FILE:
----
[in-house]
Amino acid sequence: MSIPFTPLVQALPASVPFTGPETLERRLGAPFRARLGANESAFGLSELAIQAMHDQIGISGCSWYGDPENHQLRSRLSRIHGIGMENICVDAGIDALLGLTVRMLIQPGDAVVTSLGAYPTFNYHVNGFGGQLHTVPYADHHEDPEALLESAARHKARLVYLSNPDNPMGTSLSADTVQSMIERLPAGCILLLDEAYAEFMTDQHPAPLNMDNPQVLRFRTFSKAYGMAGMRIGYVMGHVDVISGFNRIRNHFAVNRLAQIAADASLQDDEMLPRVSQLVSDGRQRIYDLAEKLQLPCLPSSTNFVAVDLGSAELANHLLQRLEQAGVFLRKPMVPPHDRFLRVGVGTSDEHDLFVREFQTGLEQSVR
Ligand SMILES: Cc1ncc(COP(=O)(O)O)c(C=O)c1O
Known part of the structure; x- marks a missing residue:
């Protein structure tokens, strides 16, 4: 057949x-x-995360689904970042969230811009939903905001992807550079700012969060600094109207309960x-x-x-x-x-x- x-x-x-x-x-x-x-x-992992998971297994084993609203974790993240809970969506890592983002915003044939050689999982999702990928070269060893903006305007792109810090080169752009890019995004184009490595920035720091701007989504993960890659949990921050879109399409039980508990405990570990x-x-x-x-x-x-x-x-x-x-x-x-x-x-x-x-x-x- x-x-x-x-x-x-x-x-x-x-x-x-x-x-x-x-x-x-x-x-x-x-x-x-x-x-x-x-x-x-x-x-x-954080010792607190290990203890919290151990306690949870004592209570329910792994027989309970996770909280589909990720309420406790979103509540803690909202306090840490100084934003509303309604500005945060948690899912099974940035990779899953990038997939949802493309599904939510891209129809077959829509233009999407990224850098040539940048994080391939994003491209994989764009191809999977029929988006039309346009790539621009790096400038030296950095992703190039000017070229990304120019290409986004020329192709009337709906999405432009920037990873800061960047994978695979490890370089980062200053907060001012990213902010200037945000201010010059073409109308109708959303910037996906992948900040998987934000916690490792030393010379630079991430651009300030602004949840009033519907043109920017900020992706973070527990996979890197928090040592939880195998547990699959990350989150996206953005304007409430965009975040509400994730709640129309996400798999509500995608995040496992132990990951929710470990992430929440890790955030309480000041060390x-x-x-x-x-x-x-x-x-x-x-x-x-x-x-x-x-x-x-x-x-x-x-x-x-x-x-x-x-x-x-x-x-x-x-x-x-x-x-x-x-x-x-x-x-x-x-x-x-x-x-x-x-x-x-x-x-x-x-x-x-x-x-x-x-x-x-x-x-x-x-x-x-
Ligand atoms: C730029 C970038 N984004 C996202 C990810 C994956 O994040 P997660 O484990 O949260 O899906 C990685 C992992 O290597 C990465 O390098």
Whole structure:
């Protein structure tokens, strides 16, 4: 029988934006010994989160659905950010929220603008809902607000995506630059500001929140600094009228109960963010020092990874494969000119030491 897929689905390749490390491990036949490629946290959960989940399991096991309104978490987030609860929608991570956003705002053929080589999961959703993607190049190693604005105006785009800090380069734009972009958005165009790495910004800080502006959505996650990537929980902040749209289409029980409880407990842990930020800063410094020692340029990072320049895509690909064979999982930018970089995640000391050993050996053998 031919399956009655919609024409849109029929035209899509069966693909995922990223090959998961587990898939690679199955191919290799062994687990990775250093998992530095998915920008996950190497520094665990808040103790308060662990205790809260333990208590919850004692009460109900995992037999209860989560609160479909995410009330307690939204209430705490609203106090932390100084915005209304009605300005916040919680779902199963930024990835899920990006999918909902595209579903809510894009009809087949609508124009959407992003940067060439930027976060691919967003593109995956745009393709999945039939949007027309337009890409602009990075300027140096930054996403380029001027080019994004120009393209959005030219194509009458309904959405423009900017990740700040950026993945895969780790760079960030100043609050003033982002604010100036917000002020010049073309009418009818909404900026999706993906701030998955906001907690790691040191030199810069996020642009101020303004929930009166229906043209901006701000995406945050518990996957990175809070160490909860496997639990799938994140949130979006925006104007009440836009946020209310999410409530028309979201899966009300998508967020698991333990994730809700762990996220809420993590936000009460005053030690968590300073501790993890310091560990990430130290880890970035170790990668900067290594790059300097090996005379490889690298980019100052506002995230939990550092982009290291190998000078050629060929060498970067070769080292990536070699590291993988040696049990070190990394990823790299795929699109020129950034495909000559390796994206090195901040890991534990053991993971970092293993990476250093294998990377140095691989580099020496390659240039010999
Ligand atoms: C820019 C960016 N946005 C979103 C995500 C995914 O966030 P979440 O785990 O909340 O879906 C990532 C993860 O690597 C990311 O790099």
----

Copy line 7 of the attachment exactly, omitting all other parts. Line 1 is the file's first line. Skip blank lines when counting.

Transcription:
Whole structure: